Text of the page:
My neighbors have cactus in their yard, and I have a yucca. Neither is uncommon, especially as you go further south from Atlanta into South Fulton and Clayton Counties. Of course they are more common around Austin, but not uncommon in other states around the South, particularly in the Atlantic and Gulf coastal regions.

I do agree with you that NOVA is much more like the South that most people stereotypically imagine. All of Virginia has a funky accent...it sounds almost Canadian-like compared to Alabama. There are all kinds of different accents throughout the South, but they are still southern. NOVA is no exception.
Wow. I didn't know that about cactus in ATL. You learn something new everyday. And yes I have heard the VA accents, they are very strange. They don't really pronounce there R's.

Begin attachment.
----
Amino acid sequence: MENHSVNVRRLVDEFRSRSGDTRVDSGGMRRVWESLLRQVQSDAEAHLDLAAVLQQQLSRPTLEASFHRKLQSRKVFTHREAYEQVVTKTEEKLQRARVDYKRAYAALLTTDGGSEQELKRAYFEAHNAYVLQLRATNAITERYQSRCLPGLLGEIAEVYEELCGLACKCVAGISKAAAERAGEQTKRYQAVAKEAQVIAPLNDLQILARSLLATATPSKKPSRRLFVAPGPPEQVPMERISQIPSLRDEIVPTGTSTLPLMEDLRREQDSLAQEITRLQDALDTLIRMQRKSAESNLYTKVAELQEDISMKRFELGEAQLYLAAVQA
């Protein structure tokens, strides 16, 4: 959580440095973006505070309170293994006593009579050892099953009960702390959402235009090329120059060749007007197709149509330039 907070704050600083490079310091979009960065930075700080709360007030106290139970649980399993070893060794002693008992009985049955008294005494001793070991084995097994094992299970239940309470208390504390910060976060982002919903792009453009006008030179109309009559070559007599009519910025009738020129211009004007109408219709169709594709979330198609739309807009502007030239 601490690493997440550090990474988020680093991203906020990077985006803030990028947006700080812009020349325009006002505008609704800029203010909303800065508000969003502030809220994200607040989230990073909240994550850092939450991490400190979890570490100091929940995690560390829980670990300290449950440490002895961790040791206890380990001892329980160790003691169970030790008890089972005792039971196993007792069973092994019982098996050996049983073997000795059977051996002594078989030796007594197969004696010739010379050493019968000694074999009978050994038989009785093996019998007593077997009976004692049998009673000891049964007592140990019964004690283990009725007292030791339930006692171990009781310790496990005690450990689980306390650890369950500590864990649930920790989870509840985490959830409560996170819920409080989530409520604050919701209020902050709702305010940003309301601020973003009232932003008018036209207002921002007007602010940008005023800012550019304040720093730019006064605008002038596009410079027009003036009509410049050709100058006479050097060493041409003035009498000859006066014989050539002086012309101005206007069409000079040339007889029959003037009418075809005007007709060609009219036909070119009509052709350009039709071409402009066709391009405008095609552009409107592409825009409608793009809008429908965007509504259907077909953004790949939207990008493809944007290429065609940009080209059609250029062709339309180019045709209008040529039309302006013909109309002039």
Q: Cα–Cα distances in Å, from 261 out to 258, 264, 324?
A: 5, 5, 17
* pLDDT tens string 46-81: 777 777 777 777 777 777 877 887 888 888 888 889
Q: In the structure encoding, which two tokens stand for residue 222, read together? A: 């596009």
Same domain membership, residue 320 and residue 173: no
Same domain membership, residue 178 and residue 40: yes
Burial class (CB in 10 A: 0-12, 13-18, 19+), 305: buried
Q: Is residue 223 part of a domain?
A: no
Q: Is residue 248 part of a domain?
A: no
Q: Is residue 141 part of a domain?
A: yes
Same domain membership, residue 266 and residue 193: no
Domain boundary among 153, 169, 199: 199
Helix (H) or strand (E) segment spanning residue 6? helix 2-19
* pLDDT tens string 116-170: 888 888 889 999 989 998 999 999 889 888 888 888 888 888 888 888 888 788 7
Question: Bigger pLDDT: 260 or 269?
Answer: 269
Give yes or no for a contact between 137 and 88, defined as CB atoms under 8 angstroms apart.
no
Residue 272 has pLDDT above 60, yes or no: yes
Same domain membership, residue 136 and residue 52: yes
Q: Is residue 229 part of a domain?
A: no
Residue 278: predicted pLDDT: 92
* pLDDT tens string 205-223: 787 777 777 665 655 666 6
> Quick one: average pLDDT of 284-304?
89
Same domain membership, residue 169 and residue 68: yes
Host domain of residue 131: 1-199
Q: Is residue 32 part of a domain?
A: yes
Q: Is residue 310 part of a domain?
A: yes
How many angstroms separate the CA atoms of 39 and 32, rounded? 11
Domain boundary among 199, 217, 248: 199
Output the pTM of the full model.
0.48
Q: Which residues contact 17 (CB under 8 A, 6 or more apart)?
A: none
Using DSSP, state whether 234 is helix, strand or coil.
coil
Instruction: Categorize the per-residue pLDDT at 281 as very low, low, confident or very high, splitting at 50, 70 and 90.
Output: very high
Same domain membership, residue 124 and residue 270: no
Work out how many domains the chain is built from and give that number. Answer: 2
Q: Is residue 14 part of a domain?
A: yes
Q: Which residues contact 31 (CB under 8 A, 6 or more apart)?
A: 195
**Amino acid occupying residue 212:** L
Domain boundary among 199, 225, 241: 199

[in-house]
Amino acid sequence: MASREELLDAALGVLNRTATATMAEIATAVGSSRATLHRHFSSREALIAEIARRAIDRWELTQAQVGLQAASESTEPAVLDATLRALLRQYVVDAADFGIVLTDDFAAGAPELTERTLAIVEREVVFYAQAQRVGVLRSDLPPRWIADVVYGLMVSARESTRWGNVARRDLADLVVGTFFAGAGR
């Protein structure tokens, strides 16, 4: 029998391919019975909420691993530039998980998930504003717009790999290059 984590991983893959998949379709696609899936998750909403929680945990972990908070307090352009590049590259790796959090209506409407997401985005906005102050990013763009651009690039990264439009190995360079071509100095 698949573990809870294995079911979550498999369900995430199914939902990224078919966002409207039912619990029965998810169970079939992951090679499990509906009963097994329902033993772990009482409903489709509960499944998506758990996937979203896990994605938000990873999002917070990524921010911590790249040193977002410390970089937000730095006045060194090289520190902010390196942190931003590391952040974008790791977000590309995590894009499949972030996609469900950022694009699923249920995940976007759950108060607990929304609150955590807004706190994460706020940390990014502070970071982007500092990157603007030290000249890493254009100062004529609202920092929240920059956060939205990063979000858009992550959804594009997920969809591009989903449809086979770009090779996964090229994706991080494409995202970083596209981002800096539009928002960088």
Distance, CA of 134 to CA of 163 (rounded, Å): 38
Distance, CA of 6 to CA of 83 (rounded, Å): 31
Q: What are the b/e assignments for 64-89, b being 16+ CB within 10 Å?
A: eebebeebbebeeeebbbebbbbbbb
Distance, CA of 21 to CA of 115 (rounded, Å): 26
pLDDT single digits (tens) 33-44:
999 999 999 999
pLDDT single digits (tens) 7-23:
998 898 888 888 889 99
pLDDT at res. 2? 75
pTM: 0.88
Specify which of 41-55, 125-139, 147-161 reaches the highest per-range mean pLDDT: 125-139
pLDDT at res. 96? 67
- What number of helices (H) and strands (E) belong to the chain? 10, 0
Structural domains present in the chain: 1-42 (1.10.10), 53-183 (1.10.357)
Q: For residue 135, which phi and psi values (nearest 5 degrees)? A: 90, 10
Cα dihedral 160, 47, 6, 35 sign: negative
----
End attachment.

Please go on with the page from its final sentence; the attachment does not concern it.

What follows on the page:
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Old 10-03-2009, 12:41 AM
 
13,997 posts, read 21,832,338 times
Reputation: 4065
Quote:
Originally Posted by Frodo2008 View Post
East of Austin is pretty green but yeah in the immediate Austin area you don't have a pine forest like you do in most of the south. You do have the Lost Pines though between Smithville and Bastrop. Those towns are in the Austin area and they have a nice pine forest like the south. Bastrop is only 29 miles from Austin so you have the "southern landscape" nearby.

http://www.texasbeyondhistory.net/mc...s/pines-sm.jpg

http://www.bastroptexas.net/around_b...statepark5.jpg

http://farm3.static.flickr.com/2473/...b5a57293a9.jpg

http://pix.tx.travelingmorgans.com/T...040355-LRG.JPG

I don't know about you but the scenery in the lost pines is pretty good.
I have indeed seen the lost pines in Bastrop. It's quite strange.